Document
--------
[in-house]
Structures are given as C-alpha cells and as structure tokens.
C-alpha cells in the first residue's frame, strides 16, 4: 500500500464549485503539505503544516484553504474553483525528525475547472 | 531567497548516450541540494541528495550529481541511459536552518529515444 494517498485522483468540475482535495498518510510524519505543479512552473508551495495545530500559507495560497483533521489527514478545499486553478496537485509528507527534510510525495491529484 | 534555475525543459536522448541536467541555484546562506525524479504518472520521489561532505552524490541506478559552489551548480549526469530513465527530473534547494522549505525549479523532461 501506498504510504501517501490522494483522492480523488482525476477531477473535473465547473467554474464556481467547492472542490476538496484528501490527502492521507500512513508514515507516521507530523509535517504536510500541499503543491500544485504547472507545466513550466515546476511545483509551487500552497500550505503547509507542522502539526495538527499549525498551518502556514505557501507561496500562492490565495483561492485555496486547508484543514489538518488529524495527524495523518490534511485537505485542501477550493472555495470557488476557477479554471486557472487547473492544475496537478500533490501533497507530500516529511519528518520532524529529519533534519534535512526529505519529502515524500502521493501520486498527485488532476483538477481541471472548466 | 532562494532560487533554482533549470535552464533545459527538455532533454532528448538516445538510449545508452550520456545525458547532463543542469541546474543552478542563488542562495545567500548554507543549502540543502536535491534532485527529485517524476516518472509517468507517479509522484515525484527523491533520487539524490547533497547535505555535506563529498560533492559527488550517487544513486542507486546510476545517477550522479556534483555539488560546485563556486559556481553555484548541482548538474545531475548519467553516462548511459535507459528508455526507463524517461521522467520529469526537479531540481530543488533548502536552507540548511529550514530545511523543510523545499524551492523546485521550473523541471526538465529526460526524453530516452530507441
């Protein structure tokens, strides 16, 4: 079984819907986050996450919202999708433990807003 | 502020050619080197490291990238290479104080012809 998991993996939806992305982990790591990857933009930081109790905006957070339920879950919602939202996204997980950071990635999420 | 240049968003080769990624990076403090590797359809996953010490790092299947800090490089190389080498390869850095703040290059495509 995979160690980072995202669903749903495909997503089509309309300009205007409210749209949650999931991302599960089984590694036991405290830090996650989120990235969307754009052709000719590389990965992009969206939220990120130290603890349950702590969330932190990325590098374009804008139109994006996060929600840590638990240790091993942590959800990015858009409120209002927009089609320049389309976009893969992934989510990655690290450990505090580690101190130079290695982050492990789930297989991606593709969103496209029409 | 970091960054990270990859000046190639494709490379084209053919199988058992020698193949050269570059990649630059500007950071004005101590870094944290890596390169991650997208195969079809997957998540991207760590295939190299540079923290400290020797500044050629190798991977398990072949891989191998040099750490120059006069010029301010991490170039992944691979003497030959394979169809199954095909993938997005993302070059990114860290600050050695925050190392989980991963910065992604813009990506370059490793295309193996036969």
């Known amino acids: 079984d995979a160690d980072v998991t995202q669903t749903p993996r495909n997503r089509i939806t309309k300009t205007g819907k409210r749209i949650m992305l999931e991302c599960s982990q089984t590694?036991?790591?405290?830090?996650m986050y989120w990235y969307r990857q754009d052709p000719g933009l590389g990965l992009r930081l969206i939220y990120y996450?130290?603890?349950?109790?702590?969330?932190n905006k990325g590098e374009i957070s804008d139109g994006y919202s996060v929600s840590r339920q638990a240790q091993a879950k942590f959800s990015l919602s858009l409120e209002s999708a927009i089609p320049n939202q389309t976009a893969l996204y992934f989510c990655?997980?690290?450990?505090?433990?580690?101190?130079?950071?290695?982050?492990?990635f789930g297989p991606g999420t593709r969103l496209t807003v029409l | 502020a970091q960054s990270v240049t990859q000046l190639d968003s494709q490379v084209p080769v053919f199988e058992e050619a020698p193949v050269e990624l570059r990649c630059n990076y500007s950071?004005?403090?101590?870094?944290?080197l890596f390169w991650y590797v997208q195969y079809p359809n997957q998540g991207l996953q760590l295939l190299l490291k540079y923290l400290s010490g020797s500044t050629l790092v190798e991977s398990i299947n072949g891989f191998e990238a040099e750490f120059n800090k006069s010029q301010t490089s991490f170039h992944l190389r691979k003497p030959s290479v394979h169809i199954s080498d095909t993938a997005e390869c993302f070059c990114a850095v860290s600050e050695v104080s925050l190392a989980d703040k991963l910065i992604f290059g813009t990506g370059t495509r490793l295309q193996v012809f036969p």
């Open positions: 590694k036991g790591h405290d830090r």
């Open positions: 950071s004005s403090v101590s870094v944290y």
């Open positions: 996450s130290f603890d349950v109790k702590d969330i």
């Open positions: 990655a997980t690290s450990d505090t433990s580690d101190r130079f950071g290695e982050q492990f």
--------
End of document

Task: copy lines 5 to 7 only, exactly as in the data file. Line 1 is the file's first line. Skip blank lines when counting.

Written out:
């Known amino acids: 079984d995979a160690d980072v998991t995202q669903t749903p993996r495909n997503r089509i939806t309309k300009t205007g819907k409210r749209i949650m992305l999931e991302c599960s982990q089984t590694?036991?790591?405290?830090?996650m986050y989120w990235y969307r990857q754009d052709p000719g933009l590389g990965l992009r930081l969206i939220y990120y996450?130290?603890?349950?109790?702590?969330?932190n905006k990325g590098e374009i957070s804008d139109g994006y919202s996060v929600s840590r339920q638990a240790q091993a879950k942590f959800s990015l919602s858009l409120e209002s999708a927009i089609p320049n939202q389309t976009a893969l996204y992934f989510c990655?997980?690290?450990?505090?433990?580690?101190?130079?950071?290695?982050?492990?990635f789930g297989p991606g999420t593709r969103l496209t807003v029409l | 502020a970091q960054s990270v240049t990859q000046l190639d968003s494709q490379v084209p080769v053919f199988e058992e050619a020698p193949v050269e990624l570059r990649c630059n990076y500007s950071?004005?403090?101590?870094?944290?080197l890596f390169w991650y590797v997208q195969y079809p359809n997957q998540g991207l996953q760590l295939l190299l490291k540079y923290l400290s010490g020797s500044t050629l790092v190798e991977s398990i299947n072949g891989f191998e990238a040099e750490f120059n800090k006069s010029q301010t490089s991490f170039h992944l190389r691979k003497p030959s290479v394979h169809i199954s080498d095909t993938a997005e390869c993302f070059c990114a850095v860290s600050e050695v104080s925050l190392a989980d703040k991963l910065i992604f290059g813009t990506g370059t495509r490793l295309q193996v012809f036969p």
């Open positions: 590694k036991g790591h405290d830090r």
């Open positions: 950071s004005s403090v101590s870094v944290y």